One alternative to investment is to make an acquisition. In 2015/2016, during the oil price bear market, RDS agreed to buy and completed the acquisition of BG for £47 billion which gave it high quality oil fields off the coast of Brazil and enhanced its global leadership in natural gas. More recently, in 2018, BP acquired some US shale oil assets from BHP for $10.5 billion. Disposals also complicate the picture with RDS selling off assets to help pay for BG and BP doing likewise to pay for claims and fines arising from the Macondo disaster of some $67 billion.

All in all, the above shows how difficult it is to judge the cash flows and profitability of these giant companies. The consensus of analysts is that RDS and BP have improved a lot from the dark days of 2015/2016, when cash coverage of their dividends was low and the dividends had to be paid partly by issuing new shares. The fact that both stocks yield over 6% indicates a degree of market scepticism about their dividend sustainability which should be disproved as predicted cash flow generation comes through.

Glossary

Dividend: A payment made by a company to its shareholders. The amount is variable, and is paid as a portion of the company’s profits.

Cyclical downturn: A period of economic contraction during which certain industries are vulnerable to weaker cash flow, resulting from tight monetary conditions.


Volatility: The rate and extent at which the price of a portfoliosecurity or index, moves up and down. If the price swings up and down with large movements, it has high volatility. If the price moves more slowly and to a lesser extent, it has lower volatility. It is used as a measure of the riskiness of an investment.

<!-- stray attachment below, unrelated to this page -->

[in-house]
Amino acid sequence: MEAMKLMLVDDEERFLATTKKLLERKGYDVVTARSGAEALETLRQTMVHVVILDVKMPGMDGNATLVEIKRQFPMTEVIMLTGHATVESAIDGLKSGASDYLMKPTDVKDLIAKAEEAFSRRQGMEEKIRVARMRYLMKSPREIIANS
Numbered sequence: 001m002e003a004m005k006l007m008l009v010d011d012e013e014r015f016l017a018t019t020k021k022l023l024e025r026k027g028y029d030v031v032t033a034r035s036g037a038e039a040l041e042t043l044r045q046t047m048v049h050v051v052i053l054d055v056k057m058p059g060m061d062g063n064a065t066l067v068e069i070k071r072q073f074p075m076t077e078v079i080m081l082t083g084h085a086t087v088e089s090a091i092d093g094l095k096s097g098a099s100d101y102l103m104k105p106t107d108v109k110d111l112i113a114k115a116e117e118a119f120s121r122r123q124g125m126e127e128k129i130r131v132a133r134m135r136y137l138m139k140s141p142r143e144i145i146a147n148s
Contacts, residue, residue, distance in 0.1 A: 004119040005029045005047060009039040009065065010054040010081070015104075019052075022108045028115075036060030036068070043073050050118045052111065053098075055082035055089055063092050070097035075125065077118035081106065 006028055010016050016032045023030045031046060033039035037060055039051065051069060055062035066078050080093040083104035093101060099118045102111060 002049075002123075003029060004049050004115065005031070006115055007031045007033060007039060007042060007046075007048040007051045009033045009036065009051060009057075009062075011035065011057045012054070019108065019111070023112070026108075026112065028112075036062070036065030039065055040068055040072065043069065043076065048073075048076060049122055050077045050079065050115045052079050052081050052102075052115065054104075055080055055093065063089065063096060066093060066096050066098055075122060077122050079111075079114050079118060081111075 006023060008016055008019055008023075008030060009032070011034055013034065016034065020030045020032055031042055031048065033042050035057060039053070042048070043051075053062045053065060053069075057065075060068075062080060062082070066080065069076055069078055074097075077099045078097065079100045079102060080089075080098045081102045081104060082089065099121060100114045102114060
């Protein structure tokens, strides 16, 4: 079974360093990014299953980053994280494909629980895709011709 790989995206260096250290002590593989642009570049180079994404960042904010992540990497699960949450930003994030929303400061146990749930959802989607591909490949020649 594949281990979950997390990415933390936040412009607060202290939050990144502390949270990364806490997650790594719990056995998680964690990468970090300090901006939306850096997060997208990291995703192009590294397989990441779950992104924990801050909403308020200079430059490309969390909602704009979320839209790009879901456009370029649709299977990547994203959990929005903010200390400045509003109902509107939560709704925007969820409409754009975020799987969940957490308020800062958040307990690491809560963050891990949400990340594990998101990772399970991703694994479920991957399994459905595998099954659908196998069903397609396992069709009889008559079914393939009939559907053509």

Bear market: A financial market in which the prices of securities are falling. A generally accepted definition is a fall of 20% or more in an index over at least a two-month period. The opposite of a bull market.

These are the views of the author at the time of publication and may differ from the views of other individuals/teams at Janus Henderson Investors. Any securities, funds, sectors and indices mentioned within this article do not constitute or form part of any offer or solicitation to buy or sell them.

Past performance is not a guide to future performance. The value of an investment and the income from it can fall as well as rise and you may not get back the amount originally invested.

The information in this article does not qualify as an investment recommendation.

For promotional purposes.


Important information

Please read the following important information regarding funds related to this article.

The City of London Investment Trust plc

Before investing in an investment trust referred to in this document, you should satisfy yourself as to its suitability and the risks involved, you may wish to consult a financial adviser.

Past performance is not a guide to future performance. The value of an investment and the income from it can fall as well as rise and you may not get back the amount originally invested. Tax assumptions and reliefs depend upon an investor’s particular circumstances and may change if those circumstances or the law change.